Data and compliance manager at comparison website Mozo, Peter Marshall, said that in March, it had recorded 130 cuts to individual term deposit products, the most since August of 2017, and a “negligible’ number of rate increases. The changes included large and small institutions, and the trend had continued into April.
Mr Marshall’s analysis also showed the best offers being promoted by most major banks for terms of less than one year had declined slightly since the start of March. The best rates from the big four for terms of less than one year were about 2.45 per cent.
Banks typically set deposit rates according to their need for funding, and the competitive conditions in the market. For example, Westpac said it “continually” reviewed all of its deposit interest rates.
“When doing this, we consider a range of factors including financial market conditions, as well as offering competitive interest rates for term deposit products,” a bank spokeswoman said.
Managing director of fixed interest broker Curve Securities, Andrew Murray, said whole term deposit rates had also fallen over recent months, reflecting a decline in the benchmark bank bill swap rate, and softer demand for loan funding due to the weak housing market.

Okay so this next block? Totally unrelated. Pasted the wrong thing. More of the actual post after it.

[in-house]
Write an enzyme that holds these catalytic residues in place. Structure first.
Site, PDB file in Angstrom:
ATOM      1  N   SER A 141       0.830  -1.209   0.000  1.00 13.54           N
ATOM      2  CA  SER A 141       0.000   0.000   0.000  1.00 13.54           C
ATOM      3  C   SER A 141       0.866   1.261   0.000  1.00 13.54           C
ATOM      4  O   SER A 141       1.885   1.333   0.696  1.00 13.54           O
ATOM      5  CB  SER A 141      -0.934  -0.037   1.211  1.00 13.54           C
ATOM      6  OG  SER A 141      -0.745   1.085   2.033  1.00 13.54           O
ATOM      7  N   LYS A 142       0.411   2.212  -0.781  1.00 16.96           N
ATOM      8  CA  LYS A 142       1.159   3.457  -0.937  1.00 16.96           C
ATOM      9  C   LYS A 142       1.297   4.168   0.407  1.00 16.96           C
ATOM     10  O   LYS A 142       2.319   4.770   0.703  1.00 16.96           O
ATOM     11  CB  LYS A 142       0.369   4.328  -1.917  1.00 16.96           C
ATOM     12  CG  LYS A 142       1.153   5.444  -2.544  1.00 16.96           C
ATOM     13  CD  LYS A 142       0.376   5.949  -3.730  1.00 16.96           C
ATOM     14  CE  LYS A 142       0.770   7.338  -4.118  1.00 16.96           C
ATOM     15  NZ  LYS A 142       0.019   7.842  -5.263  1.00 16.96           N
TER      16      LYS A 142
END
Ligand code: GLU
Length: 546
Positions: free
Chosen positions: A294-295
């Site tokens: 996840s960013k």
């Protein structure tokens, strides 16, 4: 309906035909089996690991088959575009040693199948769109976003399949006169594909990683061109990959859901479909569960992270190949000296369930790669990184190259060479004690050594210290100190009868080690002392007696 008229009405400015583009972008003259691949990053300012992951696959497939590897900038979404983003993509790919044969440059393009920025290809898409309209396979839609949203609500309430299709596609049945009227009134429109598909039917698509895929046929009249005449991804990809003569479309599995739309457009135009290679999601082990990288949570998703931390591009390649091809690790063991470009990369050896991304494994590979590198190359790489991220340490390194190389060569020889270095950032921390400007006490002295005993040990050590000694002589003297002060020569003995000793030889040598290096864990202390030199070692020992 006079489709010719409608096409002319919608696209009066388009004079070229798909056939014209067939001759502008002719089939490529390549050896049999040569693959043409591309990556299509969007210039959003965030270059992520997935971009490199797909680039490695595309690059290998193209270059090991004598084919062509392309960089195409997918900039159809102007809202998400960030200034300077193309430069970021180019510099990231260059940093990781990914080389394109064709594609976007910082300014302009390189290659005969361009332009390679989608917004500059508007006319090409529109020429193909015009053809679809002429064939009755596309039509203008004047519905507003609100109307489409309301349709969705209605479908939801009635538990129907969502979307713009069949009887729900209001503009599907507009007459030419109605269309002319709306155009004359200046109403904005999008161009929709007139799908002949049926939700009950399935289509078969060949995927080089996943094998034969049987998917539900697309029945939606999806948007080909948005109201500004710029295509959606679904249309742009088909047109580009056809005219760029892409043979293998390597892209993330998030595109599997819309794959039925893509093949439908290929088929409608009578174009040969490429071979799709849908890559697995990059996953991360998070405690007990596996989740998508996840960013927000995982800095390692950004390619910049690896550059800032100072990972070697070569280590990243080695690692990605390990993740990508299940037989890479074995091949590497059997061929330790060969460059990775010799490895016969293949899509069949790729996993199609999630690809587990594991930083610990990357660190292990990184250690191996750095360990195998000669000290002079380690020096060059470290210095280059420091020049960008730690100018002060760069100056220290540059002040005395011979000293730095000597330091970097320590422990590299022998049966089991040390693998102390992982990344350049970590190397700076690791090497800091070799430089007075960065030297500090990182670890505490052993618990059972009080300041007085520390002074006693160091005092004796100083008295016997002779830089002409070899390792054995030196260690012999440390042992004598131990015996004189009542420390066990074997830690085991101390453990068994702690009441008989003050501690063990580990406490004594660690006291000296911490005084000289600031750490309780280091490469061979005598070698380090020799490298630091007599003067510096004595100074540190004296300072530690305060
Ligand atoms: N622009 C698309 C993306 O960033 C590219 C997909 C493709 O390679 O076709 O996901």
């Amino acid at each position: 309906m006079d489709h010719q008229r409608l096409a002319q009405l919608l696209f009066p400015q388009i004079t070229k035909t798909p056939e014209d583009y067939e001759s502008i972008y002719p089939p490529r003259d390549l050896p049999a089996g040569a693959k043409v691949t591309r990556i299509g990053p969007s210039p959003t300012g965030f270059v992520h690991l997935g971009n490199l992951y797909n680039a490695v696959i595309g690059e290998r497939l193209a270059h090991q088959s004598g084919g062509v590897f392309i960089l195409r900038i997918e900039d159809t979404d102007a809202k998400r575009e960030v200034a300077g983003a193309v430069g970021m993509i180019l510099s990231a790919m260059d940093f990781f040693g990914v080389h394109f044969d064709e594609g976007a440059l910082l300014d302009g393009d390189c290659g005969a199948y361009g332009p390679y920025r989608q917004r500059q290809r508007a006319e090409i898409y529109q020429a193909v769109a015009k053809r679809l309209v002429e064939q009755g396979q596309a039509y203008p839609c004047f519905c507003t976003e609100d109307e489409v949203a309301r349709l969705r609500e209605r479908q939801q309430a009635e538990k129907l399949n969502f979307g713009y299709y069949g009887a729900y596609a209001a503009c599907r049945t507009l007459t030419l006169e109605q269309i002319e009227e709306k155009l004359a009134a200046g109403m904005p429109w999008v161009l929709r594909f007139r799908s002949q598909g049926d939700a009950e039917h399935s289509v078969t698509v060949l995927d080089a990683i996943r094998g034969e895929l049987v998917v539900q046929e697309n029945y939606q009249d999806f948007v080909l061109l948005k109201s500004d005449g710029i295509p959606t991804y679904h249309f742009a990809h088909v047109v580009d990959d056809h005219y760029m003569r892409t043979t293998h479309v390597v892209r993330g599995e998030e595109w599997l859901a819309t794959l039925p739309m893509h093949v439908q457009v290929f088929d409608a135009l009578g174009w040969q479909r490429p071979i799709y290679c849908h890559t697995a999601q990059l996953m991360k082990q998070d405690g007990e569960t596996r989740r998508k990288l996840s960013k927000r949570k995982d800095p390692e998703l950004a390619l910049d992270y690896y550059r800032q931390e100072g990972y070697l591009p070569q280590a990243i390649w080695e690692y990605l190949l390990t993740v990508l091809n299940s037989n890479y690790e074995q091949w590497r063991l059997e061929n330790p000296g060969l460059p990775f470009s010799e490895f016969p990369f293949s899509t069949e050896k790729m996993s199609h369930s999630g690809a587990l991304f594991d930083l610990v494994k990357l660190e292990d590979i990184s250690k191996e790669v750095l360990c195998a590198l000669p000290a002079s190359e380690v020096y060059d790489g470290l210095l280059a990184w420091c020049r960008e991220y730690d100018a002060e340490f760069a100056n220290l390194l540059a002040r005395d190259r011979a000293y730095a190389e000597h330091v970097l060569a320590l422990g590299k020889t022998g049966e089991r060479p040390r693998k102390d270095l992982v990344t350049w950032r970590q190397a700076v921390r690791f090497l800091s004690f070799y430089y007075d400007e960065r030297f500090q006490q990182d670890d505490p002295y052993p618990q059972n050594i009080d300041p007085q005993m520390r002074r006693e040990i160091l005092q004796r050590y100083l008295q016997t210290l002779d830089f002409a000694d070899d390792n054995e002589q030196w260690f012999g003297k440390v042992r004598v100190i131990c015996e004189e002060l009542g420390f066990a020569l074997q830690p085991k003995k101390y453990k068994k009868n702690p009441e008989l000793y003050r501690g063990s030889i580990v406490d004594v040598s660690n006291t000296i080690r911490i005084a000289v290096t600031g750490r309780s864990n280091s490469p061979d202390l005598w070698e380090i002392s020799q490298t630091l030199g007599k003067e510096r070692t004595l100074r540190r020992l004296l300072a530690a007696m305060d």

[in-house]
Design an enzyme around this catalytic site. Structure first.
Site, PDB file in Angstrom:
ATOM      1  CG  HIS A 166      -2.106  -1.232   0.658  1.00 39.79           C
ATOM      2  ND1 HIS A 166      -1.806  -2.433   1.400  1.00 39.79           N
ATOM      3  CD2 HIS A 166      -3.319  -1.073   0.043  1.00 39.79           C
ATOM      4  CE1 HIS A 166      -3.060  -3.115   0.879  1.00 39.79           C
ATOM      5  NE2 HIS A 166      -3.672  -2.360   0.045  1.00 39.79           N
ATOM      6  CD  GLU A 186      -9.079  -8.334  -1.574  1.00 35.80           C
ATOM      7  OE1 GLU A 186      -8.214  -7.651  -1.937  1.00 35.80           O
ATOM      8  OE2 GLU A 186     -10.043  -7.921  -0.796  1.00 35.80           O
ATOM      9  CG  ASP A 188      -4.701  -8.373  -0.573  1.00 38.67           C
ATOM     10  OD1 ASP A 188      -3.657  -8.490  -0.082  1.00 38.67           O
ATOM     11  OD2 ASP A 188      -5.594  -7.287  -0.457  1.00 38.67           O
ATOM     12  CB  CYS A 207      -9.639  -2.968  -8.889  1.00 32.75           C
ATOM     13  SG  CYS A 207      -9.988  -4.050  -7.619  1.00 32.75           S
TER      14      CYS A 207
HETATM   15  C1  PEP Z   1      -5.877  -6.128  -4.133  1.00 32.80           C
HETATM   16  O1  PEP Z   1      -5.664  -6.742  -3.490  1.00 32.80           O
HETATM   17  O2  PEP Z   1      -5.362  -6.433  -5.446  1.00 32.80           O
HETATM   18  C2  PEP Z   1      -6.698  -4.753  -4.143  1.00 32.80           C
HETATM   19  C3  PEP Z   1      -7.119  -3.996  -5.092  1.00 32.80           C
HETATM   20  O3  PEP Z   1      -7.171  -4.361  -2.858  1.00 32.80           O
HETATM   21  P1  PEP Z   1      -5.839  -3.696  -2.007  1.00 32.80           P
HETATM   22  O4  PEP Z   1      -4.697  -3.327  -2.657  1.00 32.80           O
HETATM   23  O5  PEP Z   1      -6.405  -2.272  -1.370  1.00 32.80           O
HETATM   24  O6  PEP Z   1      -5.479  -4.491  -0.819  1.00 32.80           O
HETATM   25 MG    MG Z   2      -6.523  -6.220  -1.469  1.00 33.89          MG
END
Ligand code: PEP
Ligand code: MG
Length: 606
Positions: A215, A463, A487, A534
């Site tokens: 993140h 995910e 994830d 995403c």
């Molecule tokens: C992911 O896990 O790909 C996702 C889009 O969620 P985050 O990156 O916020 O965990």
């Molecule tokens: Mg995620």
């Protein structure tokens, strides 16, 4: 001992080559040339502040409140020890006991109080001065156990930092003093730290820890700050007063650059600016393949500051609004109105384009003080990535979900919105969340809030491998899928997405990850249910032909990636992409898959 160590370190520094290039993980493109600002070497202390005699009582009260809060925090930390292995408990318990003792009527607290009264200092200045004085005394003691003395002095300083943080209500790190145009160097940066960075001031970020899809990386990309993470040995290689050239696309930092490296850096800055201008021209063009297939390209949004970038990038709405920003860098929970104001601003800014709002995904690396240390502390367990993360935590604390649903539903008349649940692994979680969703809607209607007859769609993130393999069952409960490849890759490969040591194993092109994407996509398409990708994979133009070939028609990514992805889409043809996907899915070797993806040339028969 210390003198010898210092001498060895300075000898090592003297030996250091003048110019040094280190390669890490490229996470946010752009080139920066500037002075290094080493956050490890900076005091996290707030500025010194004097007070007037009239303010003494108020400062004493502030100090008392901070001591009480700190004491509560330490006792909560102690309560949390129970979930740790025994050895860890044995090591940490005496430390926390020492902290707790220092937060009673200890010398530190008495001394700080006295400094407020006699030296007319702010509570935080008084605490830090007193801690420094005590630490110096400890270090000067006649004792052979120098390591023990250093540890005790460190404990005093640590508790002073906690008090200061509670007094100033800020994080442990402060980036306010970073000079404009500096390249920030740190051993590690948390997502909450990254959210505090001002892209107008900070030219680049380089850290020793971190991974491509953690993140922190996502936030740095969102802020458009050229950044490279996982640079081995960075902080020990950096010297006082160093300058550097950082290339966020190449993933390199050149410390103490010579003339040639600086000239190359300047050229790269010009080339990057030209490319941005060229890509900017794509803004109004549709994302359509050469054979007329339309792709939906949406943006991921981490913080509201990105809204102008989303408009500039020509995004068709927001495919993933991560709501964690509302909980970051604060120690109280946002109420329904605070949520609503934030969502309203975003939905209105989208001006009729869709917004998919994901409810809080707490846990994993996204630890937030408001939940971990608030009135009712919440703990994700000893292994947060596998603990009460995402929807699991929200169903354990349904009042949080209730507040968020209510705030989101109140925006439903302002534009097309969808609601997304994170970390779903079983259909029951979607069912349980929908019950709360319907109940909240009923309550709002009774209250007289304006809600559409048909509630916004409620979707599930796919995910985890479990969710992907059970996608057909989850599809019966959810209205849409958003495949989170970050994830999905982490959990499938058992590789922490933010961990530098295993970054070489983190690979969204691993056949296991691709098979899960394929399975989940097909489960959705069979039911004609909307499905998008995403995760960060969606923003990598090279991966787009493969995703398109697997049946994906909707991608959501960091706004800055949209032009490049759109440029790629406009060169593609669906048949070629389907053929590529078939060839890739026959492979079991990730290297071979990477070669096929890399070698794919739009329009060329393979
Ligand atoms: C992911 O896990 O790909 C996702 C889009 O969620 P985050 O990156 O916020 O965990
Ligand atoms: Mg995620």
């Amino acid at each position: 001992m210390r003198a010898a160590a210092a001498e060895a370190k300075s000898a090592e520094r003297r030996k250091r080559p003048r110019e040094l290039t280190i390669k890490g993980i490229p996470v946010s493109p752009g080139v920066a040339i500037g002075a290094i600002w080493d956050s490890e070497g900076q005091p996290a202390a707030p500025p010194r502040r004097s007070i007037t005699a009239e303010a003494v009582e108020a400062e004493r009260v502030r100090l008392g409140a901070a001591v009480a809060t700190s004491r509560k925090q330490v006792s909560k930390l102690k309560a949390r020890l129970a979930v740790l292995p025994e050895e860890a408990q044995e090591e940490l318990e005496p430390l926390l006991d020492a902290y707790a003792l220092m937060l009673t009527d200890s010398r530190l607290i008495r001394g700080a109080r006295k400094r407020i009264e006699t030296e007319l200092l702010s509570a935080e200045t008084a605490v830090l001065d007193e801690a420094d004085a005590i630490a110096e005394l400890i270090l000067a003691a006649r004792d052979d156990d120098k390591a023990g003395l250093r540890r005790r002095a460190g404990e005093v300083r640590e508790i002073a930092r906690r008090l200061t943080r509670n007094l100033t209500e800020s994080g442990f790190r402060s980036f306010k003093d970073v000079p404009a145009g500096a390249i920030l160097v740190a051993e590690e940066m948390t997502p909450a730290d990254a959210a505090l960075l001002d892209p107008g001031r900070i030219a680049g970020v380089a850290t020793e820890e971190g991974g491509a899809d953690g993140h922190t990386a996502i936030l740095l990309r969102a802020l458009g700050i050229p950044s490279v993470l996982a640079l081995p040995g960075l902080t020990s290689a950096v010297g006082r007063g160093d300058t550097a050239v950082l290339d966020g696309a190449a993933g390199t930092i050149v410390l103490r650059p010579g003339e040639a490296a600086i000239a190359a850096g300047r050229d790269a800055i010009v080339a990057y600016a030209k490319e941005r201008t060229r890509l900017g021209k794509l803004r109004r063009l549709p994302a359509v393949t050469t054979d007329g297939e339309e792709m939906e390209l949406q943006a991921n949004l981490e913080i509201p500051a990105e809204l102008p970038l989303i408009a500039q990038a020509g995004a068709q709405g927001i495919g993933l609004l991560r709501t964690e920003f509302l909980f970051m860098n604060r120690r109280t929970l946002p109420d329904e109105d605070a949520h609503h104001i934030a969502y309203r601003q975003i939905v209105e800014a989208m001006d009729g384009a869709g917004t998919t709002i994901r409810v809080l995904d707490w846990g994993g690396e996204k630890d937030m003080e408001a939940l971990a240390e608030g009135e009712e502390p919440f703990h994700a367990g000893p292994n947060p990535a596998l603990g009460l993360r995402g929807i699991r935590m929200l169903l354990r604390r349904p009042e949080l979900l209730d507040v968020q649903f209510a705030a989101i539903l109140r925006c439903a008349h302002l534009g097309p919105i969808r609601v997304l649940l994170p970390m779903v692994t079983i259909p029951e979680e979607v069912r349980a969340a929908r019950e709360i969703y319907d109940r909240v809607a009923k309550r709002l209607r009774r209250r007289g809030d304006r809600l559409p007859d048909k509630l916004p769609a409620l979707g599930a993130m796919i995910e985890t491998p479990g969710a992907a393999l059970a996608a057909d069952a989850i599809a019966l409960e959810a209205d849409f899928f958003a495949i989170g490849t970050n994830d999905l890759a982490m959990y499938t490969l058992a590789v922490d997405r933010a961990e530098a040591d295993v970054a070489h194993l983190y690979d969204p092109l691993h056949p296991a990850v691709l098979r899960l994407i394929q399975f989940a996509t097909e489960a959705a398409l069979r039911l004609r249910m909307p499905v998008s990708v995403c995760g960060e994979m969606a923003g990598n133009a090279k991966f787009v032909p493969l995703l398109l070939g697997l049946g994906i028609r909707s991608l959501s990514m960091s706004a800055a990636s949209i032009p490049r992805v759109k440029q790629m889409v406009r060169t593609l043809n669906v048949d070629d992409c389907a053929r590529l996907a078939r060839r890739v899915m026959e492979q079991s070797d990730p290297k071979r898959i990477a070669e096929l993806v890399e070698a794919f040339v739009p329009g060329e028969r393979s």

Mr Murray noted there had also been a “material” change in the 90-day bank bill swap rate (BBSW) — a key inter-bank funding rate — since the start of the year, from more than 200 basis points to about 170 basis points. He suggested the decline in funding costs could lead to interest rate cuts on loans.
If these funding pressures continue to stay low, and wholesale rates continue to drop, then the banks really should unwind the rate hikes that they put in place towards the end of last year.
Curve Securities managing director Andrew Murray
“If these funding pressures continue to stay low, and wholesale rates continue to drop, then the banks really should unwind the rate hikes that they put in place towards the end of last year, based on the fact that their funding pressures had gone up,” Mr Murray said.
AMP Capital chief economist Shane Oliver also said the spread between BBSW and cash rate expectations had come down to “normal levels,” and if it remained here for a few months, he expected the costs would be passed on to borrowers
However, other experts say any cut in banks’ standard variable rates is unlikely. Shaw Stockbroking analyst Brett Le Mesurier said the decline in BBSW was “quite large” in itself but there were other negative forces dragging on bank profits.
These included the higher discounts off their advertised lending rates, customer remediation costs, and slowing loan growth. Mr Le Mesurier said banks would not be cutting variable rates in response to the decline in funding costs.
“They are not going to be cutting standard variable rates because they’ve been offering higher discounts,” Mr Le Mesurier said.
Clancy Yeates is a business reporter.